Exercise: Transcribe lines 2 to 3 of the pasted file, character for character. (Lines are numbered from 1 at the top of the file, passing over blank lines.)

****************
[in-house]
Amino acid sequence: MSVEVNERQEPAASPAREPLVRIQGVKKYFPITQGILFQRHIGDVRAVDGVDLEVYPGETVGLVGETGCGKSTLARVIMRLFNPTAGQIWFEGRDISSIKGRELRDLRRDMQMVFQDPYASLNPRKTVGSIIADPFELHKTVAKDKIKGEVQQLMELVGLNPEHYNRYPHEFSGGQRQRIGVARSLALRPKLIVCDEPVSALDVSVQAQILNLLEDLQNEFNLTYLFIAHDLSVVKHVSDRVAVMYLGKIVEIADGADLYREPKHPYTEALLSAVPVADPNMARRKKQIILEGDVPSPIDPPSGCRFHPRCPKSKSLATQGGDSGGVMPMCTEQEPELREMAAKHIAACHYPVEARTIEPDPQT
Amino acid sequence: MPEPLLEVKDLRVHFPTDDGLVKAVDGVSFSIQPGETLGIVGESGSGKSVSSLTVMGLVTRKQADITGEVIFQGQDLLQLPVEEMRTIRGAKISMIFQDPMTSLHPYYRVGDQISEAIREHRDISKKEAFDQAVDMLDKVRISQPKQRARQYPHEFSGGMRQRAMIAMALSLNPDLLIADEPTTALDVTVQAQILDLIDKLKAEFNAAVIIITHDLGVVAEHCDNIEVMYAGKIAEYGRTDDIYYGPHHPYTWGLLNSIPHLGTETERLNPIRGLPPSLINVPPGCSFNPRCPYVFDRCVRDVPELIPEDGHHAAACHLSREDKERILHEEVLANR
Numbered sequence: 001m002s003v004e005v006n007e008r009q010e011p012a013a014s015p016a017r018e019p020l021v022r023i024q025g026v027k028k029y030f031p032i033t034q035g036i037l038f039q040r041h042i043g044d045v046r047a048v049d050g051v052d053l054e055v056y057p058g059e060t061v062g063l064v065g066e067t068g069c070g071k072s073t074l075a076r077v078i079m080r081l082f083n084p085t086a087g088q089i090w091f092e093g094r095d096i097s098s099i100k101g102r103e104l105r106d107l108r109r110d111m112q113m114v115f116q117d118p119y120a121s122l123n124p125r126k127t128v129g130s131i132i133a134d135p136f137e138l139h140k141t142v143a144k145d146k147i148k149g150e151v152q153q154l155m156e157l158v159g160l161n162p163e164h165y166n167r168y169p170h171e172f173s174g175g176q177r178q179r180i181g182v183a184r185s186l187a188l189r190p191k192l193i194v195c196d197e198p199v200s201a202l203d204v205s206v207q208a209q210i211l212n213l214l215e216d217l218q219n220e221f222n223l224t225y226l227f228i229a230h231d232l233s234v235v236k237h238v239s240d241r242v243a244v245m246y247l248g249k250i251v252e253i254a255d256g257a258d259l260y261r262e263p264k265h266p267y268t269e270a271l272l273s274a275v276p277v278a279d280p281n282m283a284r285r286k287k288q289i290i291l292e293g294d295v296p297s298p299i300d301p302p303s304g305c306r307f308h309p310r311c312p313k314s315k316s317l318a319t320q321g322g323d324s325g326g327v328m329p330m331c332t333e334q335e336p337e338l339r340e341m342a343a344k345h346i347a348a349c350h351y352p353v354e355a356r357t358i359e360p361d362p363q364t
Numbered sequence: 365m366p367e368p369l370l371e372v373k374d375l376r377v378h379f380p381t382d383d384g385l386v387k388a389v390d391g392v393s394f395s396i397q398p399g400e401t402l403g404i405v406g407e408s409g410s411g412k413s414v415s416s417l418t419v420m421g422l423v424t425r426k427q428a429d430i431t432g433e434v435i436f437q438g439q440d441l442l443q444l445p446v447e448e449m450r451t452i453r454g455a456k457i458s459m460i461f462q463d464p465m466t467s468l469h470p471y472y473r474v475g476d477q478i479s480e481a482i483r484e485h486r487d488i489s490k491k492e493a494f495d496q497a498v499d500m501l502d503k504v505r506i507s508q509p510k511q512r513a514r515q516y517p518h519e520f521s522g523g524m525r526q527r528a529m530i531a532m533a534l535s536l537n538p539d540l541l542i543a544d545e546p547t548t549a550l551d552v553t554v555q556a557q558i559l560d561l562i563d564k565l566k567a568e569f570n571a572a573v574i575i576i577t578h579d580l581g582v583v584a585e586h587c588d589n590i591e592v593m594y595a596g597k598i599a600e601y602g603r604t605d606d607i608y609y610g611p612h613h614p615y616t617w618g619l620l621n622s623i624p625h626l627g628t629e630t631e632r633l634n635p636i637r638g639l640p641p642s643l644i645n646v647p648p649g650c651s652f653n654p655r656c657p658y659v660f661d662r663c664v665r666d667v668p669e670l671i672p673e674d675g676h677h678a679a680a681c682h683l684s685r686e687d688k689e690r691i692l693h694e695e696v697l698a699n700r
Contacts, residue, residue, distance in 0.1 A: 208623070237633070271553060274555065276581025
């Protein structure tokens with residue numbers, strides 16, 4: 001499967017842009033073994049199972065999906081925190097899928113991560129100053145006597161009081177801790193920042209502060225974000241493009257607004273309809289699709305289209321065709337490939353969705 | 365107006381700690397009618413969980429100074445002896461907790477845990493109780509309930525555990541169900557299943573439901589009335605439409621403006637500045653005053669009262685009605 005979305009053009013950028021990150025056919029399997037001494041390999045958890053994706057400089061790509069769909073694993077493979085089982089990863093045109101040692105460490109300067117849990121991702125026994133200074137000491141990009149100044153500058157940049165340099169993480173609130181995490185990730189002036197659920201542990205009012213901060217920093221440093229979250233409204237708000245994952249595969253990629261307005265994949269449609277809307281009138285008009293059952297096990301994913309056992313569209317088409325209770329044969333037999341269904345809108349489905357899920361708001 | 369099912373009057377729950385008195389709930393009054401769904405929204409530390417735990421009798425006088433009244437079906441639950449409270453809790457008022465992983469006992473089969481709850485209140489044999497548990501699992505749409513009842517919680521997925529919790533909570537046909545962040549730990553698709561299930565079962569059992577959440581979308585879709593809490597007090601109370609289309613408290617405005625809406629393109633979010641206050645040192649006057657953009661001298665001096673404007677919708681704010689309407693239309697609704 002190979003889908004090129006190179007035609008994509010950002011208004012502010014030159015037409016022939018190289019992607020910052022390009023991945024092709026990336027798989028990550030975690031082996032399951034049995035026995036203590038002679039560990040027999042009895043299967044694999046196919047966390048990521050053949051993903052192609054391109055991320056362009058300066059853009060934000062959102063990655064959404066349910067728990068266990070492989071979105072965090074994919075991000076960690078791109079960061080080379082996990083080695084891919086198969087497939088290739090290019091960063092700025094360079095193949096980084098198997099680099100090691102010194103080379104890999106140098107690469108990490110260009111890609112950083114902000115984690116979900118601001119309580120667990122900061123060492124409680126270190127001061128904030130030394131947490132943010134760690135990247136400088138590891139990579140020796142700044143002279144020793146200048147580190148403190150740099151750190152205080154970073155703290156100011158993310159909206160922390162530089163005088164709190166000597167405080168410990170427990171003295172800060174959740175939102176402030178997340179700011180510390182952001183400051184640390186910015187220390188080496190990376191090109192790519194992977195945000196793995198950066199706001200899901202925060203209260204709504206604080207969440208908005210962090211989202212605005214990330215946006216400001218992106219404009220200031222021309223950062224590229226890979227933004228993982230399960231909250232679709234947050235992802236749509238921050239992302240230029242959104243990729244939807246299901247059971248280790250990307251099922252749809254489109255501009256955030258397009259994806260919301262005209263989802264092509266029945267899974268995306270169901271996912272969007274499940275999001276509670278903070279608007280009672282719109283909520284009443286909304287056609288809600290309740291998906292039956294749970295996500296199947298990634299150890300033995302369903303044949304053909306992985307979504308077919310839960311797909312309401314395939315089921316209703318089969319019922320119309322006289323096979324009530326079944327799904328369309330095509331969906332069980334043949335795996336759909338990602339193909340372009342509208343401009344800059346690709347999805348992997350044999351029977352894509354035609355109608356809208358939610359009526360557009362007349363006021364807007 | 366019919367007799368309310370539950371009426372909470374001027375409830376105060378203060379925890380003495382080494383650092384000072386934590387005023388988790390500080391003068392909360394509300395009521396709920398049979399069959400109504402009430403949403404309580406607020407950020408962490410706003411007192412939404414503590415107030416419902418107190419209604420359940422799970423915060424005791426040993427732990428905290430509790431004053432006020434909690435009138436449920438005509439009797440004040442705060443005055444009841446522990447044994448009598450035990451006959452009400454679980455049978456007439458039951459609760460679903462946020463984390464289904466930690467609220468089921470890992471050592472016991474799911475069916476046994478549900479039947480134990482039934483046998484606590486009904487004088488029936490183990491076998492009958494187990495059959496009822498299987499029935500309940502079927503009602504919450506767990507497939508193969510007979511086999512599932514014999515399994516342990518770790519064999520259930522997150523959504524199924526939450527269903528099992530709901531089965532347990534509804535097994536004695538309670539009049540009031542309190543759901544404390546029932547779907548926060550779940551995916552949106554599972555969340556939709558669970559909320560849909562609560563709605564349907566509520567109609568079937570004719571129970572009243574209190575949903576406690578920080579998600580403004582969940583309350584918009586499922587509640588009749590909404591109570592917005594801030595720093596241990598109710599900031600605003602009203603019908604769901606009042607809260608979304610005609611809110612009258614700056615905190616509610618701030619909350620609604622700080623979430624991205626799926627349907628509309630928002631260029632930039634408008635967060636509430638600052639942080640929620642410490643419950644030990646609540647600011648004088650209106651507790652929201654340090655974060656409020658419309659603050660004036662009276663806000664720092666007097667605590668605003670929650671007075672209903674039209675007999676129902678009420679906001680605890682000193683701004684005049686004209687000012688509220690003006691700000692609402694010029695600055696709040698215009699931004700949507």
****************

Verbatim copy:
Amino acid sequence: MSVEVNERQEPAASPAREPLVRIQGVKKYFPITQGILFQRHIGDVRAVDGVDLEVYPGETVGLVGETGCGKSTLARVIMRLFNPTAGQIWFEGRDISSIKGRELRDLRRDMQMVFQDPYASLNPRKTVGSIIADPFELHKTVAKDKIKGEVQQLMELVGLNPEHYNRYPHEFSGGQRQRIGVARSLALRPKLIVCDEPVSALDVSVQAQILNLLEDLQNEFNLTYLFIAHDLSVVKHVSDRVAVMYLGKIVEIADGADLYREPKHPYTEALLSAVPVADPNMARRKKQIILEGDVPSPIDPPSGCRFHPRCPKSKSLATQGGDSGGVMPMCTEQEPELREMAAKHIAACHYPVEARTIEPDPQT
Amino acid sequence: MPEPLLEVKDLRVHFPTDDGLVKAVDGVSFSIQPGETLGIVGESGSGKSVSSLTVMGLVTRKQADITGEVIFQGQDLLQLPVEEMRTIRGAKISMIFQDPMTSLHPYYRVGDQISEAIREHRDISKKEAFDQAVDMLDKVRISQPKQRARQYPHEFSGGMRQRAMIAMALSLNPDLLIADEPTTALDVTVQAQILDLIDKLKAEFNAAVIIITHDLGVVAEHCDNIEVMYAGKIAEYGRTDDIYYGPHHPYTWGLLNSIPHLGTETERLNPIRGLPPSLINVPPGCSFNPRCPYVFDRCVRDVPELIPEDGHHAAACHLSREDKERILHEEVLANR